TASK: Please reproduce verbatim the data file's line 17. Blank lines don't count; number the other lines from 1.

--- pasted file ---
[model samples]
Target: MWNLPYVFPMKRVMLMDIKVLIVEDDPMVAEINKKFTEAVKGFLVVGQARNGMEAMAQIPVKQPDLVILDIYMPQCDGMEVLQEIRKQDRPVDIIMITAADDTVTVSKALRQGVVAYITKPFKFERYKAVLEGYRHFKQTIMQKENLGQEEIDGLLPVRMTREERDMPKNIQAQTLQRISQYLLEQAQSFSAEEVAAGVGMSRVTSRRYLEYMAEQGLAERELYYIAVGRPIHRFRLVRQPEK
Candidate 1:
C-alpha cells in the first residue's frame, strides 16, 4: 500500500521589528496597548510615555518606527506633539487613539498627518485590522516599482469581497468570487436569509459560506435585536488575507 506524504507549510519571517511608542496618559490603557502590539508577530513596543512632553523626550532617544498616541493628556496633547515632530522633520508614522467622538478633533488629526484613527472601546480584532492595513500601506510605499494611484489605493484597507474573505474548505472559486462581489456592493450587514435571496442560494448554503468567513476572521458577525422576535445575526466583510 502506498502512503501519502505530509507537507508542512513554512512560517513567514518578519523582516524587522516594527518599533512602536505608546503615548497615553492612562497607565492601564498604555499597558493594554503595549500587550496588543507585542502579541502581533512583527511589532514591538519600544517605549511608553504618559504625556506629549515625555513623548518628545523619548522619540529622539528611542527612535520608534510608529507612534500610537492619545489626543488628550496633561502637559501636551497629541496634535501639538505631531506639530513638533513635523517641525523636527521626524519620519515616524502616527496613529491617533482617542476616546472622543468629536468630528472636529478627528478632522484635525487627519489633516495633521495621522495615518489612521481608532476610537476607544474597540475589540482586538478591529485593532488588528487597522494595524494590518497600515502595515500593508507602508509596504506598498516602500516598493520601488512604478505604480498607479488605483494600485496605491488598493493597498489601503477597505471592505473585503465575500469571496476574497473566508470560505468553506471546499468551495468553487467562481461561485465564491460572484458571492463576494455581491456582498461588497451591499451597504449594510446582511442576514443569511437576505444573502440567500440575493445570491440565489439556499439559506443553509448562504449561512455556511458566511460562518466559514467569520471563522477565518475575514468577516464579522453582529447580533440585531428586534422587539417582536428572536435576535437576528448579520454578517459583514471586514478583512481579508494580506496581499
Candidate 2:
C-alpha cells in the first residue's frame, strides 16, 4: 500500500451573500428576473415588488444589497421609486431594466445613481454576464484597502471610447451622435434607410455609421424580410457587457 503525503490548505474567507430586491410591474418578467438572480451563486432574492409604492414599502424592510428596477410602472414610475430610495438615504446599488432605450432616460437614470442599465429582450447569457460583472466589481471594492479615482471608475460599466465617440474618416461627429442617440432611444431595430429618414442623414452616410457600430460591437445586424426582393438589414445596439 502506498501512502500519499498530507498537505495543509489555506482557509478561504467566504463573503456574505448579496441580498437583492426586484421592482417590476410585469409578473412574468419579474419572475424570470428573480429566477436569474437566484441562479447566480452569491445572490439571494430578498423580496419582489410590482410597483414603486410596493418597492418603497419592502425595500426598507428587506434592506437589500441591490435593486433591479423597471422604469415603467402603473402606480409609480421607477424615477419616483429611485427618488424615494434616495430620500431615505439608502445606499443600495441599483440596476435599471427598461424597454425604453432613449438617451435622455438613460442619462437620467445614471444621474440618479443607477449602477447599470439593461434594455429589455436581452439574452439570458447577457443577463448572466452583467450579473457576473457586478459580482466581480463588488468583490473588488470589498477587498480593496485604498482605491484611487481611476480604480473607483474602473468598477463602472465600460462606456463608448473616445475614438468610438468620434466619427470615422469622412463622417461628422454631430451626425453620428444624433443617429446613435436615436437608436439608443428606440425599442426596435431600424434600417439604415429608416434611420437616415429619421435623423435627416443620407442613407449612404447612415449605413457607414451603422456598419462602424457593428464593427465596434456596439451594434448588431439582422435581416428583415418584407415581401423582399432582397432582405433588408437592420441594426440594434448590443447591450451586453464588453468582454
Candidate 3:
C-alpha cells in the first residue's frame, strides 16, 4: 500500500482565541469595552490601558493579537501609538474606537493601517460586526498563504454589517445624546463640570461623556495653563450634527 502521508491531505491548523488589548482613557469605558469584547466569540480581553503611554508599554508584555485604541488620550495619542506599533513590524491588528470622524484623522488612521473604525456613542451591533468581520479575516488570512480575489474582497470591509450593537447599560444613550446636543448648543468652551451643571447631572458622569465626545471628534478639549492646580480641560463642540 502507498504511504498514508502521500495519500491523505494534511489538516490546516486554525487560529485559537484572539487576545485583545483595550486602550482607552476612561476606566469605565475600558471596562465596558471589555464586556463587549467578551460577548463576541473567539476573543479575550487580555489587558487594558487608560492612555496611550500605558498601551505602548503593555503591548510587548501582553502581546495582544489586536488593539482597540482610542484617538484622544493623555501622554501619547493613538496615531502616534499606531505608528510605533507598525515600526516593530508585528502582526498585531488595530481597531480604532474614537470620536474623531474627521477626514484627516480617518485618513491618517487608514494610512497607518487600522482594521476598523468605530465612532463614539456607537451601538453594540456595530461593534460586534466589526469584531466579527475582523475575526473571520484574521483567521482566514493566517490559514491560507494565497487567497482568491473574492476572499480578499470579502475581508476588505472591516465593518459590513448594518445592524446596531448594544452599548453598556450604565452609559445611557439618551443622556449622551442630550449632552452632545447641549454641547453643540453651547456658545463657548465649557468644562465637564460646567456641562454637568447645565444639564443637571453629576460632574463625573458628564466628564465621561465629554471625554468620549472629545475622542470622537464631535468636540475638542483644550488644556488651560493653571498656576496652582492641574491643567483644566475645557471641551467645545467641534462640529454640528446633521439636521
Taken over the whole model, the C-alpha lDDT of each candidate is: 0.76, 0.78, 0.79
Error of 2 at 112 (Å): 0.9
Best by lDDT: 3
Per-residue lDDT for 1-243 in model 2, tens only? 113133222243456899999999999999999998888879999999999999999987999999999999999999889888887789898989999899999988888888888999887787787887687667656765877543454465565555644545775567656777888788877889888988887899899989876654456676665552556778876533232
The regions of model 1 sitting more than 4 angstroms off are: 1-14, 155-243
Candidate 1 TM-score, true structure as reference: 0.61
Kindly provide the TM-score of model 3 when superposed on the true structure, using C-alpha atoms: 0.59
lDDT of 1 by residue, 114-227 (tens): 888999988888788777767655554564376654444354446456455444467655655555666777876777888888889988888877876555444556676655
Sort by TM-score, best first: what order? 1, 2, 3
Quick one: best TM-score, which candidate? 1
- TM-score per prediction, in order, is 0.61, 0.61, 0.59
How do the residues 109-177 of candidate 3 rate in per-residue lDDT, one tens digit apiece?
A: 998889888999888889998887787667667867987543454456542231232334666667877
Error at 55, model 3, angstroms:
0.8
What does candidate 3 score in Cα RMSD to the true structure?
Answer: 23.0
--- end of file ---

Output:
Sort by TM-score, best first: what order? 1, 2, 3